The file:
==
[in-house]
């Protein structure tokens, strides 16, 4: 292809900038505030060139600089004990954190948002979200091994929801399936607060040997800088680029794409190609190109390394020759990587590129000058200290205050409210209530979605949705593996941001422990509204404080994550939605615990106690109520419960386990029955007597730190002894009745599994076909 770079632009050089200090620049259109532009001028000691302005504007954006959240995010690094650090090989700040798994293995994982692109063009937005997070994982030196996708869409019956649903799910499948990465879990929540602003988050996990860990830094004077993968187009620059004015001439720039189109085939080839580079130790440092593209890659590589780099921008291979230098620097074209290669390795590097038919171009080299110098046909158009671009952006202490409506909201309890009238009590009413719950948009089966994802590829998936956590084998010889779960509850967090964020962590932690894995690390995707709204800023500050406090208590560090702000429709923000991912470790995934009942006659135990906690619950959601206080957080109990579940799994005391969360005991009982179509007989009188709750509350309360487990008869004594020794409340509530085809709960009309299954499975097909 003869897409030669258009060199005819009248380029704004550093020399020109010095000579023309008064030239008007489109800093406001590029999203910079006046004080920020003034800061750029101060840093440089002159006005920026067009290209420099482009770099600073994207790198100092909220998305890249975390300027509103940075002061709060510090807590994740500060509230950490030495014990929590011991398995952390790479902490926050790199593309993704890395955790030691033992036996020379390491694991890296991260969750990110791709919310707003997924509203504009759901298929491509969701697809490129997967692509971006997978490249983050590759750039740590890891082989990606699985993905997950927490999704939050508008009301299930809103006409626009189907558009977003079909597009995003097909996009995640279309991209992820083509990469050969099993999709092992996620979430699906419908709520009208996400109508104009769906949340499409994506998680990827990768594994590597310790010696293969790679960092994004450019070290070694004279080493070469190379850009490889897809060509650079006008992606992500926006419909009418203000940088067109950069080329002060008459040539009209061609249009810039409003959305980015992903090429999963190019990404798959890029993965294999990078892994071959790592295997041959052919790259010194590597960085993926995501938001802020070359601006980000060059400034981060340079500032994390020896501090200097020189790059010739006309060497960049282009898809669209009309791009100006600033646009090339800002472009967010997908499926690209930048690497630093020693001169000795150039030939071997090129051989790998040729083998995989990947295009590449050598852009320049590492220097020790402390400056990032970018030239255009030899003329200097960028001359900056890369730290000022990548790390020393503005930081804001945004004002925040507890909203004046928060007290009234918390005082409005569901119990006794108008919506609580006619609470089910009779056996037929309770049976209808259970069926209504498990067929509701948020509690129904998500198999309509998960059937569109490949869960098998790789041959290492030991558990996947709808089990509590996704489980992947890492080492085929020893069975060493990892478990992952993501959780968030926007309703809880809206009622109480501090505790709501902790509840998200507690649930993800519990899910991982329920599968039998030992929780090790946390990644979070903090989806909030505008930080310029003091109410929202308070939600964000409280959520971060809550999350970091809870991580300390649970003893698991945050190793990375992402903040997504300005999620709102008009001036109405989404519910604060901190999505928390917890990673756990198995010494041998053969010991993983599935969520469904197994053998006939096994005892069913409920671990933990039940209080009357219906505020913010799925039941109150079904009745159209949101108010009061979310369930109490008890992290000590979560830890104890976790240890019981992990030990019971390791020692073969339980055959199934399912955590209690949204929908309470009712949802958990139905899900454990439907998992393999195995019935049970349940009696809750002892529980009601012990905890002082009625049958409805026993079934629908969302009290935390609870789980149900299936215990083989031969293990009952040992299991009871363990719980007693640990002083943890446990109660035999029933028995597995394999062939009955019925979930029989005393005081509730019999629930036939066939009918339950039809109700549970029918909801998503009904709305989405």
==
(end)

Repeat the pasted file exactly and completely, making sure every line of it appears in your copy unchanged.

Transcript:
[in-house]
């Protein structure tokens, strides 16, 4: 292809900038505030060139600089004990954190948002979200091994929801399936607060040997800088680029794409190609190109390394020759990587590129000058200290205050409210209530979605949705593996941001422990509204404080994550939605615990106690109520419960386990029955007597730190002894009745599994076909 770079632009050089200090620049259109532009001028000691302005504007954006959240995010690094650090090989700040798994293995994982692109063009937005997070994982030196996708869409019956649903799910499948990465879990929540602003988050996990860990830094004077993968187009620059004015001439720039189109085939080839580079130790440092593209890659590589780099921008291979230098620097074209290669390795590097038919171009080299110098046909158009671009952006202490409506909201309890009238009590009413719950948009089966994802590829998936956590084998010889779960509850967090964020962590932690894995690390995707709204800023500050406090208590560090702000429709923000991912470790995934009942006659135990906690619950959601206080957080109990579940799994005391969360005991009982179509007989009188709750509350309360487990008869004594020794409340509530085809709960009309299954499975097909 003869897409030669258009060199005819009248380029704004550093020399020109010095000579023309008064030239008007489109800093406001590029999203910079006046004080920020003034800061750029101060840093440089002159006005920026067009290209420099482009770099600073994207790198100092909220998305890249975390300027509103940075002061709060510090807590994740500060509230950490030495014990929590011991398995952390790479902490926050790199593309993704890395955790030691033992036996020379390491694991890296991260969750990110791709919310707003997924509203504009759901298929491509969701697809490129997967692509971006997978490249983050590759750039740590890891082989990606699985993905997950927490999704939050508008009301299930809103006409626009189907558009977003079909597009995003097909996009995640279309991209992820083509990469050969099993999709092992996620979430699906419908709520009208996400109508104009769906949340499409994506998680990827990768594994590597310790010696293969790679960092994004450019070290070694004279080493070469190379850009490889897809060509650079006008992606992500926006419909009418203000940088067109950069080329002060008459040539009209061609249009810039409003959305980015992903090429999963190019990404798959890029993965294999990078892994071959790592295997041959052919790259010194590597960085993926995501938001802020070359601006980000060059400034981060340079500032994390020896501090200097020189790059010739006309060497960049282009898809669209009309791009100006600033646009090339800002472009967010997908499926690209930048690497630093020693001169000795150039030939071997090129051989790998040729083998995989990947295009590449050598852009320049590492220097020790402390400056990032970018030239255009030899003329200097960028001359900056890369730290000022990548790390020393503005930081804001945004004002925040507890909203004046928060007290009234918390005082409005569901119990006794108008919506609580006619609470089910009779056996037929309770049976209808259970069926209504498990067929509701948020509690129904998500198999309509998960059937569109490949869960098998790789041959290492030991558990996947709808089990509590996704489980992947890492080492085929020893069975060493990892478990992952993501959780968030926007309703809880809206009622109480501090505790709501902790509840998200507690649930993800519990899910991982329920599968039998030992929780090790946390990644979070903090989806909030505008930080310029003091109410929202308070939600964000409280959520971060809550999350970091809870991580300390649970003893698991945050190793990375992402903040997504300005999620709102008009001036109405989404519910604060901190999505928390917890990673756990198995010494041998053969010991993983599935969520469904197994053998006939096994005892069913409920671990933990039940209080009357219906505020913010799925039941109150079904009745159209949101108010009061979310369930109490008890992290000590979560830890104890976790240890019981992990030990019971390791020692073969339980055959199934399912955590209690949204929908309470009712949802958990139905899900454990439907998992393999195995019935049970349940009696809750002892529980009601012990905890002082009625049958409805026993079934629908969302009290935390609870789980149900299936215990083989031969293990009952040992299991009871363990719980007693640990002083943890446990109660035999029933028995597995394999062939009955019925979930029989005393005081509730019999629930036939066939009918339950039809109700549970029918909801998503009904709305989405």